Advanced bidirectional counter designs provide extra features including cascade capabilities, configurable counting ranges, and preset and clear functionality for complicated applications. The counting range can be increased by cascading numerous counters. For example, an 8-bit counter that can count from 0 to 255 is produced by cascading two 4-bit counters. For adaptive systems that require real-time adjustments, programmable counters allow for the dynamic modification of the counting range and direction based on external inputs. While clean functionality resets the number to zero, preset functionality allows the counter to be set to a specified value. These characteristics improve flexibility and control.

4-bit Count Down Counter

Fig-1: 4-bit Bidirectional Down Counter

As shown in the figure, instead of being activated by the Q output as in the up-counter configuration, the 4-bit counter uses the Q̅ output of the preceding flip-flop to trigger the state change of each flip-flop on the falling edge (1-to-0 transition) of the CLK input. Consequently, rather than moving from 1 to 0, each flip-flop will change states when the one before it goes from 0 to 1 at its output.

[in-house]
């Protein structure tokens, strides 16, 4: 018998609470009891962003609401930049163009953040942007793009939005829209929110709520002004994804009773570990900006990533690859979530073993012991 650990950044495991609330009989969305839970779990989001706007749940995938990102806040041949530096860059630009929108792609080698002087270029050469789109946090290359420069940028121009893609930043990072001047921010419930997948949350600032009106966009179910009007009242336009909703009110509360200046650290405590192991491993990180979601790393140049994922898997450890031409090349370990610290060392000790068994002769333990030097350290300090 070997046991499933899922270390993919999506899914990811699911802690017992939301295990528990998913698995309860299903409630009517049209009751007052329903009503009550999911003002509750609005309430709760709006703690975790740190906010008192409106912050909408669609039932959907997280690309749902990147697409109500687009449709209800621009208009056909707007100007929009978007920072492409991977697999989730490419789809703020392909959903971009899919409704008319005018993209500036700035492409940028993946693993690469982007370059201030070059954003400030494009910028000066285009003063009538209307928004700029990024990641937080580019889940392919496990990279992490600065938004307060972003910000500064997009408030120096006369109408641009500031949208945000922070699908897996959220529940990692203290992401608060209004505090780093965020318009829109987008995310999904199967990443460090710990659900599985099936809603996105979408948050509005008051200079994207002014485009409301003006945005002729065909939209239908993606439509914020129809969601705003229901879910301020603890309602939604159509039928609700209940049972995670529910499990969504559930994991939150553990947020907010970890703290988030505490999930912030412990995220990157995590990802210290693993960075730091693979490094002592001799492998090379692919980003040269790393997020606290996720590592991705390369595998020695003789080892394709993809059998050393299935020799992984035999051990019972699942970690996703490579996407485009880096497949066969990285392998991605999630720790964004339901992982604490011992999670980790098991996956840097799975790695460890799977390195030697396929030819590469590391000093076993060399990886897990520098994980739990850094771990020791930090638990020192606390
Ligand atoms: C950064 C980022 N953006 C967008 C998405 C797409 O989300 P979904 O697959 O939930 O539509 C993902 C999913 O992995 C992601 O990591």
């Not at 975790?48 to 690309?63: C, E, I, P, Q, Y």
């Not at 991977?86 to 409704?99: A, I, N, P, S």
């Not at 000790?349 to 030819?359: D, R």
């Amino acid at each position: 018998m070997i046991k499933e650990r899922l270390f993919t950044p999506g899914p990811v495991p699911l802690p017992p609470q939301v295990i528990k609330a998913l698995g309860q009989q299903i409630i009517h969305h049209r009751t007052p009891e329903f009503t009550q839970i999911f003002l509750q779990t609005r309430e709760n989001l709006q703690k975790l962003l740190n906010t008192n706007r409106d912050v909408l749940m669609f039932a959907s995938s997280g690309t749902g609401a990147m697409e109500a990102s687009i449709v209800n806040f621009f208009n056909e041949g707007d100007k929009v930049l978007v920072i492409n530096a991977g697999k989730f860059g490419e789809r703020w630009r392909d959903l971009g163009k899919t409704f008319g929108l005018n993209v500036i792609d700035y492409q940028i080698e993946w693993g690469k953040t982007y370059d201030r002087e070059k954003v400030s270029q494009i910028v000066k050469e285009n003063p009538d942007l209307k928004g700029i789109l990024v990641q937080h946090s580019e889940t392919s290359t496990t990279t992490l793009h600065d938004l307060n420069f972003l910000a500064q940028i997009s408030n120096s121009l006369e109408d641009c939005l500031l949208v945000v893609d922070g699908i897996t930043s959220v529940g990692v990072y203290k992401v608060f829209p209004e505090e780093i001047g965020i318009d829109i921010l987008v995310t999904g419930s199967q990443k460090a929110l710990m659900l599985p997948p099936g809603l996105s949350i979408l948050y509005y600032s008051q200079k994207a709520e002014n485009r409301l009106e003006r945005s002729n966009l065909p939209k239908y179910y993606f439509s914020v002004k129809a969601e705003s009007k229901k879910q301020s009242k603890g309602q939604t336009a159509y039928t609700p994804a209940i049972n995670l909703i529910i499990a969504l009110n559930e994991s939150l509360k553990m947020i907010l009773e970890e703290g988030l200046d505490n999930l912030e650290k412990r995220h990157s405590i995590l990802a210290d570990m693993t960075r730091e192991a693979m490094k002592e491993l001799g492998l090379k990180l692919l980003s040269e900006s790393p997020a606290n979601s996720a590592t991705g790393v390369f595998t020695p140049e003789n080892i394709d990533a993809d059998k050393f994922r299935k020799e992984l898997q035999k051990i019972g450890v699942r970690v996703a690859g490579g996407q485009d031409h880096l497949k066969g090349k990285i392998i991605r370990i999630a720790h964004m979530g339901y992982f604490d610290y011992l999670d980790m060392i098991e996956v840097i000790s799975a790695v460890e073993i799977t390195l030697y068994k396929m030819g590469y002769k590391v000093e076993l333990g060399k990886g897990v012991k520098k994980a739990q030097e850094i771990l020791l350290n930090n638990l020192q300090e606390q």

Bidirectional Counter

While both synchronous and asynchronous counters can count “Up” or “Down,” bidirectional counters are a more “universal” kind of counter that can count in both ways, Up or Down, depending on the condition of its input control pin. Bidirectional counters, also referred to as Up/Down counters, may count in either way throughout any given count sequence. As seen below, they can be reversed at any time by applying an extra control input.

Synchronous 3-bit Up/Down Counter

Fig-2: 3-bit Bidirectional Counter

The circuit shown above is a typical three-bit synchronous counter that counts from zero (000) to seven (111) and back to zero using JK flip-flops that are set to function as toggle or T-type flip-flops. The 3-bit counter then proceeds in one of two ways: either upward (0,1,2,3,4,5,6,7) or downward (7,6,5,4,3,2,1,0).